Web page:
• U.S. cattle market is showing signs of labor problems at slaughter facilities.  From projections, the slaughter last week was 25,000 fewer heads. Box values rallied sharply due to the reduced slaughter.

     • NWS weather: Dangerous cold located from the Upper Midwest to the Northeast, with heavy lake effect snow likely downwind of the Great Lakes... ...Heavy rain to return to portions of western Washington over the next few days.

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WHIP+ for eligible 2020 and 2021 disasters, including livestock and dairy, are still awaited from USDA. Ag Secretary Tom Vilsack last year said regulations for some likely changes for the program could come in December. That did not occur — repeating a longer timeline for the aid program that has become all too common. USDA operation of the 2018 and 2019 programs were one of if not the worst implemented program in decades.

     Some information could surface this week as various groups will be meeting with USDA about the program.

     Upshot: Regs have not even been sent forward to OMB for review as of yet, a necessary step in the regulatory process.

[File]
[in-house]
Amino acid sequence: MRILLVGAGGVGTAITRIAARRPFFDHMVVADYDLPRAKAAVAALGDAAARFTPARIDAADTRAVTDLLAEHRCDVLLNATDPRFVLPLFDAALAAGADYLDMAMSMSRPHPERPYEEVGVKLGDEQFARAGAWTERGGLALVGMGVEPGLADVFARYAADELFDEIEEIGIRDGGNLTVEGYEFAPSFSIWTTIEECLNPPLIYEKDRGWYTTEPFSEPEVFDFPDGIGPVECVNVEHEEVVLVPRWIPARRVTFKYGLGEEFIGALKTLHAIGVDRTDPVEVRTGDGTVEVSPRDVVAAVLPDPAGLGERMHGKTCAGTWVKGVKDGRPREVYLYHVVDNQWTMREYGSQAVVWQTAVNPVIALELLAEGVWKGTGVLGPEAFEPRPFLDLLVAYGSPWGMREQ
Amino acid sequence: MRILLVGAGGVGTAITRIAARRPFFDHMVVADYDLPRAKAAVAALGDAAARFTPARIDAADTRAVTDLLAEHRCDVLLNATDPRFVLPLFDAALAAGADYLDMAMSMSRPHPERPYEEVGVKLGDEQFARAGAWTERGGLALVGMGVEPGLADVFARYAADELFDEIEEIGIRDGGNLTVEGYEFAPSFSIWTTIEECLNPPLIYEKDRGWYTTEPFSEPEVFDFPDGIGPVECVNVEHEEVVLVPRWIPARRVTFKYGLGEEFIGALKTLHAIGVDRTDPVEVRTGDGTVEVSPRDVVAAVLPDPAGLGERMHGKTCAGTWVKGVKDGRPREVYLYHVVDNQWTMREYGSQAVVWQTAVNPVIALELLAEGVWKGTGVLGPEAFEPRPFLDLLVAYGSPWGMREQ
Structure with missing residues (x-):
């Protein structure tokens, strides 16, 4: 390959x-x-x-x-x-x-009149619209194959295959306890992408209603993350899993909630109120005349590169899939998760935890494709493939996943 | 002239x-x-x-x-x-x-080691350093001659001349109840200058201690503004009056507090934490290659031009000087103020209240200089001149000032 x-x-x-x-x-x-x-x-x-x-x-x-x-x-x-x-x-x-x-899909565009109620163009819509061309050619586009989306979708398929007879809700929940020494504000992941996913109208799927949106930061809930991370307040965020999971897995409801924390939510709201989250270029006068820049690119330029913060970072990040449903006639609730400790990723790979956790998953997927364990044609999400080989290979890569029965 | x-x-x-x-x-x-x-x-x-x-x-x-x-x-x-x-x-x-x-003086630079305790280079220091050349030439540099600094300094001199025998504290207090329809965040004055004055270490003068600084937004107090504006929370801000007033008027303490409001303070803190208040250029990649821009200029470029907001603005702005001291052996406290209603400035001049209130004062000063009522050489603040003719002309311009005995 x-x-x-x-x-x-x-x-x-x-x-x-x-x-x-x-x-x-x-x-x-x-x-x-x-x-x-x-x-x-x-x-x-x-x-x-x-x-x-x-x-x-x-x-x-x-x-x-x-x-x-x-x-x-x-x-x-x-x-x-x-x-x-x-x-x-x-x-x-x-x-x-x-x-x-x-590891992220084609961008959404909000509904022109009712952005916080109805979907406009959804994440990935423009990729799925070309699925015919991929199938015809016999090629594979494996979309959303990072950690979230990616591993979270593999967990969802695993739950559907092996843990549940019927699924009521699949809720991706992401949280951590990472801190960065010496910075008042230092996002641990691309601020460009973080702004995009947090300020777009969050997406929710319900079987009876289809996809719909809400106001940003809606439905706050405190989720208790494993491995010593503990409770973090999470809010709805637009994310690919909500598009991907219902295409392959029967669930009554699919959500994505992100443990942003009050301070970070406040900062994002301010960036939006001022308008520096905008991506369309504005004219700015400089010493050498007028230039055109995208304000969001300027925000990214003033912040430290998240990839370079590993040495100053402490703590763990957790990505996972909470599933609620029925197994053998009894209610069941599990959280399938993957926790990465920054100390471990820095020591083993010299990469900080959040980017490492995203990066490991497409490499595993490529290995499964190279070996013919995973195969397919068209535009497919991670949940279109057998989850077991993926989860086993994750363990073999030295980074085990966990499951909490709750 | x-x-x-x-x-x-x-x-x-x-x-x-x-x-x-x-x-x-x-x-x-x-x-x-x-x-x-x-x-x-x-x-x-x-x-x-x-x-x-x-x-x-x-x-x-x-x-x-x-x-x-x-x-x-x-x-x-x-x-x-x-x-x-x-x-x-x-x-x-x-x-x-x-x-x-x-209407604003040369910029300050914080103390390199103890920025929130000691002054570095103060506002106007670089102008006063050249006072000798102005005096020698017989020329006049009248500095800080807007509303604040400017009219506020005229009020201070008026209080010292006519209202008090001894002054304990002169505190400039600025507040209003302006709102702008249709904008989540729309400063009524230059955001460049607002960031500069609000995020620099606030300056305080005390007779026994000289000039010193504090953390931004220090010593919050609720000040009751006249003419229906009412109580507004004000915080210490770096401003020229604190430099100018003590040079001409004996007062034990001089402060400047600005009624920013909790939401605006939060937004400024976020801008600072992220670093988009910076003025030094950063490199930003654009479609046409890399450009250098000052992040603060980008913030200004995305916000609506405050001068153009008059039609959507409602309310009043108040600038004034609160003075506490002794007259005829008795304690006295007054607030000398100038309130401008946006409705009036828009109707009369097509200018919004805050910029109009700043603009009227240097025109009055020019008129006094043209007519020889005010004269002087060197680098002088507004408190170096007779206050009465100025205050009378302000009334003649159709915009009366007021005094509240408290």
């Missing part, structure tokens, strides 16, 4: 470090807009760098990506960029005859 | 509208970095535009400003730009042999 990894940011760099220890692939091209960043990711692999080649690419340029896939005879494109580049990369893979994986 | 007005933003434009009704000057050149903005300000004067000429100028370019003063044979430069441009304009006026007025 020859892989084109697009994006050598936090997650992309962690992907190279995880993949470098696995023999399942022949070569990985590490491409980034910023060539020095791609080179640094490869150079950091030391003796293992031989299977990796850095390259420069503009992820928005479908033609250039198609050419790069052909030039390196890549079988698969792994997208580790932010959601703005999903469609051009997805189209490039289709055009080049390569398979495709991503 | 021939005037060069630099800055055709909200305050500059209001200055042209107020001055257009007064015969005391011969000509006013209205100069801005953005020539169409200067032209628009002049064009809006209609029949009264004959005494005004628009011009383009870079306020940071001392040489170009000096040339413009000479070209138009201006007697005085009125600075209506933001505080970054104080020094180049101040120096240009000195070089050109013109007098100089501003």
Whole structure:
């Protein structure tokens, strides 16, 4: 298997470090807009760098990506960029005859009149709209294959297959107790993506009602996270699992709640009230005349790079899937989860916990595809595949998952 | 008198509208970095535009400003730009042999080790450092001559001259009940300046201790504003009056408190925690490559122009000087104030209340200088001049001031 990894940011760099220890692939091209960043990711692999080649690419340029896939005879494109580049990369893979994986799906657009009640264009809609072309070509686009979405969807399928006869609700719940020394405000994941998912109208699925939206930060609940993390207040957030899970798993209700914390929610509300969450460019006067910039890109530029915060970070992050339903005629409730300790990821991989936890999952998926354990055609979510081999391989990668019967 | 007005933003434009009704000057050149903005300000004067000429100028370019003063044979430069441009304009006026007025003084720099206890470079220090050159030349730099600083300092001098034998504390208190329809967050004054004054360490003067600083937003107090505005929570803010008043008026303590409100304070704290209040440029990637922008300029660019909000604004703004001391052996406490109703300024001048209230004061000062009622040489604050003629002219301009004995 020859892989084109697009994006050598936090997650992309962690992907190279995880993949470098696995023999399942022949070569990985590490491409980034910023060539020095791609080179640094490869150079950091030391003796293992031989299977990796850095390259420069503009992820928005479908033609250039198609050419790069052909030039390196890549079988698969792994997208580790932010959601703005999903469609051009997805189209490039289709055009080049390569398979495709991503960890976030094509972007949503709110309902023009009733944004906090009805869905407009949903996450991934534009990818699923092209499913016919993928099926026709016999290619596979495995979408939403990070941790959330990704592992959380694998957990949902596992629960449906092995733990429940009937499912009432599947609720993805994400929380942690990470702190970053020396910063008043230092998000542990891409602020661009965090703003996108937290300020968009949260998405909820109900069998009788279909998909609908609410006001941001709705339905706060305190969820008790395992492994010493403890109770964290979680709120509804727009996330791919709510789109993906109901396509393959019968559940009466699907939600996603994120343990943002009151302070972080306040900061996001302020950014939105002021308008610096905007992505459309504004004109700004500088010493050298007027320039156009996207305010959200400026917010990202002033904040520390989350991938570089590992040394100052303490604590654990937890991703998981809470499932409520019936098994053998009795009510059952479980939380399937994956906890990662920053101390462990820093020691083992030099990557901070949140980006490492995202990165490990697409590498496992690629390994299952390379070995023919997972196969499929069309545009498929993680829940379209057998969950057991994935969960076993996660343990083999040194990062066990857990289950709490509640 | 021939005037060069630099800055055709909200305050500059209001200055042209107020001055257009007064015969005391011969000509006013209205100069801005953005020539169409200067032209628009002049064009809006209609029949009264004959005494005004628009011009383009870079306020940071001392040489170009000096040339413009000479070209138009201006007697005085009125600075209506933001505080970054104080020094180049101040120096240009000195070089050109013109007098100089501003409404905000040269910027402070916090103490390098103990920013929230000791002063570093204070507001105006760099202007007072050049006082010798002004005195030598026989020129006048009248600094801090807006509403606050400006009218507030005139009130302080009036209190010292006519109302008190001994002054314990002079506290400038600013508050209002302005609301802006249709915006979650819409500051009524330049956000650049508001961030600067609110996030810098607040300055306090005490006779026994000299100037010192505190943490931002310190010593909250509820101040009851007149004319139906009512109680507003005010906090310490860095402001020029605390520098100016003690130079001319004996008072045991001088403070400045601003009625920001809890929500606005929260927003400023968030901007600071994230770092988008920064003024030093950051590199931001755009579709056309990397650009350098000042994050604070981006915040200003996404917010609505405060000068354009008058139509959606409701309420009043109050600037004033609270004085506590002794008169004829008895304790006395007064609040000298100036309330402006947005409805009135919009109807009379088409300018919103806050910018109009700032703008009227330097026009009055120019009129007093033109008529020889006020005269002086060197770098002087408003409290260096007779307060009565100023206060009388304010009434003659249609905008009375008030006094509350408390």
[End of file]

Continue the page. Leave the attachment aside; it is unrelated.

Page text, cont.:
— Farm Bureau’s message at its annual convention: more bipartisanship, more trade agreements, and more than just talk about climate. Any big convention can get its message lost in the number of presentations. But American Farm Bureau Federation President Zippy Duvall’s remarks to the Atlanta-based confab was pointed: “Agriculture goes a lot deeper than just being … about climate.” His message to President Joe Biden and his trade policy officials: More trade agreements, including rejoining the renamed Trans-Pacific Agreement (TPA) and a Phase 2 for the expired trade accord with China.

     USDA Secretary Tom Vilsack addresses the meeting today while President Biden delivers his remarks via a recorded message.  


— Just 41% of President Biden’s Senate-confirmed nominees have been confirmed over the past year — reports the New York Times (link), citing a new analysis from the Partnership for Public Service (link).